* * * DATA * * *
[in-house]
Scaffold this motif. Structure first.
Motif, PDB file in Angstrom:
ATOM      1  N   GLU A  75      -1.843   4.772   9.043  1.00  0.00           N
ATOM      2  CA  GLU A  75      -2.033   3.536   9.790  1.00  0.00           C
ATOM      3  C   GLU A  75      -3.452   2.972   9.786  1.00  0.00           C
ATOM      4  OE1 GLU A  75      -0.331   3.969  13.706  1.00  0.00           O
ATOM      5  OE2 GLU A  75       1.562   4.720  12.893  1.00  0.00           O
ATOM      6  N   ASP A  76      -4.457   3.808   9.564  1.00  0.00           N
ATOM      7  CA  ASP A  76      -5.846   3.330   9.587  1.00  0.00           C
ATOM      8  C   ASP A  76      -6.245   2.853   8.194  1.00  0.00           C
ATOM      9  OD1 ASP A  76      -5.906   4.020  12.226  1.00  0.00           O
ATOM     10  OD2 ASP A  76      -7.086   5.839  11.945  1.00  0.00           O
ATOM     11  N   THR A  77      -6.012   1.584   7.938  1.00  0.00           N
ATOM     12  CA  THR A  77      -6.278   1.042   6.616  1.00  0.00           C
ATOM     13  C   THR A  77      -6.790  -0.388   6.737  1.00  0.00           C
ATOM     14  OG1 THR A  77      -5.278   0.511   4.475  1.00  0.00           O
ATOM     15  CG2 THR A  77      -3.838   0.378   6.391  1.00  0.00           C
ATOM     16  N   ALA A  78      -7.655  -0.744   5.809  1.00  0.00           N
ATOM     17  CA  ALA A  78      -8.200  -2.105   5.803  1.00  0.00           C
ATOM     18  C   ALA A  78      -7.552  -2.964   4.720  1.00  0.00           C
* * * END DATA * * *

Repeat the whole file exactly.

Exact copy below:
[in-house]
Scaffold this motif. Structure first.
Motif, PDB file in Angstrom:
ATOM      1  N   GLU A  75      -1.843   4.772   9.043  1.00  0.00           N
ATOM      2  CA  GLU A  75      -2.033   3.536   9.790  1.00  0.00           C
ATOM      3  C   GLU A  75      -3.452   2.972   9.786  1.00  0.00           C
ATOM      4  OE1 GLU A  75      -0.331   3.969  13.706  1.00  0.00           O
ATOM      5  OE2 GLU A  75       1.562   4.720  12.893  1.00  0.00           O
ATOM      6  N   ASP A  76      -4.457   3.808   9.564  1.00  0.00           N
ATOM      7  CA  ASP A  76      -5.846   3.330   9.587  1.00  0.00           C
ATOM      8  C   ASP A  76      -6.245   2.853   8.194  1.00  0.00           C
ATOM      9  OD1 ASP A  76      -5.906   4.020  12.226  1.00  0.00           O
ATOM     10  OD2 ASP A  76      -7.086   5.839  11.945  1.00  0.00           O
ATOM     11  N   THR A  77      -6.012   1.584   7.938  1.00  0.00           N
ATOM     12  CA  THR A  77      -6.278   1.042   6.616  1.00  0.00           C
ATOM     13  C   THR A  77      -6.790  -0.388   6.737  1.00  0.00           C
ATOM     14  OG1 THR A  77      -5.278   0.511   4.475  1.00  0.00           O
ATOM     15  CG2 THR A  77      -3.838   0.378   6.391  1.00  0.00           C
ATOM     16  N   ALA A  78      -7.655  -0.744   5.809  1.00  0.00           N
ATOM     17  CA  ALA A  78      -8.200  -2.105   5.803  1.00  0.00           C
ATOM     18  C   ALA A  78      -7.552  -2.964   4.720  1.00  0.00           C